Cross-Site Scripting Flaw in Apache ActiveMQ Threatens Web Visitors

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With the malicious code embedded into websites, the attacker can then piggyback on the trust level of the website and launch a variety of attacks.

Researchers have found a cross-site scripting (XSS) flaw in Apache ActiveMQ that could enable a remote attacker with no privileges to launch an array of attacks against visitors to compromised websites.

The vulnerability (CVE-2018-8006) was disclosed today and impacts ActiveMQ versions earlier than 5.15.5.

Apache ActiveMQ is an open-source message broker, which acts as a middle man to communicate data between other software. The flaw targets the “QueueFilter” parameter within ActiveMQ, which exists to apply content-based routing filters for the data that ActiveMQ is brokering between pieces of software.

Bruno Oliveira, security researcher with Trustwave Spiderlab, discovered the flaw. Essentially, an attacker would only need to feed a URL-encoded script to the parameter (http://localhost:8161/admin/queues.jsp?QueueFilter=yu1ey%22%3e%3cscript%3ealert(%22Spi derLabs%22)%3c%2fscript%3eqb68) in the URI, researchers said, to trigger an exploit.

“XSS bugs do not affect the web server, but rather the web clients (browsers) that visit the affected website,” Karl Sigler, threat intelligence manager SpiderLabs at Trustwave, told Threatpost. “XSS allow an attacker to embed their own scripts and code into the website and have that code executed whenever the client visits the specific URL.”

With the malicious code embedded in the website, the attacker can then piggyback on the trust level of the website and launch a variety of attacks, Sigler said. Those may include triggering a pop-up asking the user for their credentials, prompting the user to install malicious software or browser plugins via a fake “update” prompt or exploiting vulnerabilities in the web browser itself.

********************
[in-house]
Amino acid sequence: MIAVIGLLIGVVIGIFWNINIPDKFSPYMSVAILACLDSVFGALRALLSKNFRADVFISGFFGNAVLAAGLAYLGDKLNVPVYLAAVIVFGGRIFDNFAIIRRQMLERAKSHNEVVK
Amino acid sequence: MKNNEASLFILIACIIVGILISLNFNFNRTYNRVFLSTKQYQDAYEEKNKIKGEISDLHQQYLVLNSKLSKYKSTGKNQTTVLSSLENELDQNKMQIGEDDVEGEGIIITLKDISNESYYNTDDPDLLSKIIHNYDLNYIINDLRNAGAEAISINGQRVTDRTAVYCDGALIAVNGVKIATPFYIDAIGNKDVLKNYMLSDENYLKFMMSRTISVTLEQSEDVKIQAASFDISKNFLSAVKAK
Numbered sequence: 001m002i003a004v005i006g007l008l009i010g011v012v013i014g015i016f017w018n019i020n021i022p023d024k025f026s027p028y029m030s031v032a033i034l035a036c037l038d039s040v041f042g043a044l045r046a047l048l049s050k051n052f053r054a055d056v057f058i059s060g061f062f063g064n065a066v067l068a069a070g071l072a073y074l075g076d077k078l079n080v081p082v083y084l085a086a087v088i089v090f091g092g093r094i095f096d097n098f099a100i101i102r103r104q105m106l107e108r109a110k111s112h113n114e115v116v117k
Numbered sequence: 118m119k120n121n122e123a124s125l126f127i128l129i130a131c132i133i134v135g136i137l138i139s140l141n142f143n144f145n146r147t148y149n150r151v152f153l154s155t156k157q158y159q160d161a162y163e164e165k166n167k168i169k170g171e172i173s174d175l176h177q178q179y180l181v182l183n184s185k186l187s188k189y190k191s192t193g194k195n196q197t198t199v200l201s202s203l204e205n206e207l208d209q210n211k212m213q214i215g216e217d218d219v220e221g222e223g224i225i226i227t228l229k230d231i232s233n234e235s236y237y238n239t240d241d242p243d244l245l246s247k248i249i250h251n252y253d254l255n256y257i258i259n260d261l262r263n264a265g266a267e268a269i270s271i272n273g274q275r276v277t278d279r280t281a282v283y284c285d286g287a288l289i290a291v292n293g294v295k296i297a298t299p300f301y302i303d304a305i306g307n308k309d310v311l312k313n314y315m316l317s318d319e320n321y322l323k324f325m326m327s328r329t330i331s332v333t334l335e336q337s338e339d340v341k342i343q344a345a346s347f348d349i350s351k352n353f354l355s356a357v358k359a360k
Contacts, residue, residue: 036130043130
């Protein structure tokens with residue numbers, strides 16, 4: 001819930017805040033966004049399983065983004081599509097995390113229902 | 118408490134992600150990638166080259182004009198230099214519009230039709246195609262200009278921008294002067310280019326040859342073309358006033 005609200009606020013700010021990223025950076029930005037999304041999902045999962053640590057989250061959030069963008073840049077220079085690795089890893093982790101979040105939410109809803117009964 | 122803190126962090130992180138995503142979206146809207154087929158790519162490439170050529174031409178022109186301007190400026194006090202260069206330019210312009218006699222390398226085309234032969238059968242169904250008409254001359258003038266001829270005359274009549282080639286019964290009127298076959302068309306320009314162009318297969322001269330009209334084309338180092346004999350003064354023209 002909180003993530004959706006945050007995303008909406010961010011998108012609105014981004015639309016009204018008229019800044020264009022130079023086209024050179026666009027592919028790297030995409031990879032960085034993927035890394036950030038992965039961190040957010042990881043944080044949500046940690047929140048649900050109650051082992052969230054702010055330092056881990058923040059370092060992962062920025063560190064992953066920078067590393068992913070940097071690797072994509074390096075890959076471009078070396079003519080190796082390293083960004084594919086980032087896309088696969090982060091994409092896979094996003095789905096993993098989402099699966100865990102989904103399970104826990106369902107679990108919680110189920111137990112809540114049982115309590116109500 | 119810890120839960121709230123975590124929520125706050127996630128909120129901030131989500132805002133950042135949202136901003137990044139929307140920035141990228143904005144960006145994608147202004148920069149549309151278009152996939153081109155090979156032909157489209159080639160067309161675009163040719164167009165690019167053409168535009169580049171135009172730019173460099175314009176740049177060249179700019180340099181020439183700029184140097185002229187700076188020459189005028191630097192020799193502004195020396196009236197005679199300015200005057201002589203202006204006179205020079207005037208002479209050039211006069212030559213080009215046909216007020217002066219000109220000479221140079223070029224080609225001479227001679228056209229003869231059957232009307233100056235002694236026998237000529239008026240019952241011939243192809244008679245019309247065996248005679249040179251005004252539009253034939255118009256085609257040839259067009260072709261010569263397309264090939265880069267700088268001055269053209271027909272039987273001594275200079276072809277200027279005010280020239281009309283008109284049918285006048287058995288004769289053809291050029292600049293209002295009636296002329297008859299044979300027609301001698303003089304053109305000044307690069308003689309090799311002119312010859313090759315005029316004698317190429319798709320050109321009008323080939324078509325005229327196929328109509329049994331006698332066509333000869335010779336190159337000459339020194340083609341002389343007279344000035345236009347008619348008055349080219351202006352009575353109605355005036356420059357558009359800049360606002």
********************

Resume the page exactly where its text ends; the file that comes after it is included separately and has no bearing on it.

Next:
“No privileges are necessary,” Sigler told us. “The attackers only need access to the ActiveMQ software remotely (potentially from across the internet if ActiveMQ is exposed publicly to the internet). The attack itself is incredibly easy to exploit and XSS bugs like these consistently rank in the top 10 web application vulnerabilities.”

While the attack can be launched remotely, Sigler said XSS vulnerabilities are generally considered medium severity as they still require the tricky combination of a vulnerable website and the added effort of convincing victims to visit a malicious URL that exploits the vulnerability.

“The combination of those requirements make it less severe than a direct remote code-execution vulnerability,” he said.

It’s difficult to estimate how many systems are impacted, Sigler said – it depends on how many installations of ActiveMQ exist and how exposed those vulnerable instances are to the internet.

The flaw was reported to Apache April 27 and has been patched: “Apache was very responsive and cooperative throughout the disclosure process,” Sigler said. Apache fixed the bug in ActiveMQ version 5.15.5 – so users with earlier versions should upgrade.

Apache has had a busy week- earlier this week the company said it has patched a critical remote code-execution vulnerability in Apache Struts 2, the popular open-source framework for developing web applications in the Java programming language, which is threatening a wide range of applications, even when no additional plugins were enabled.

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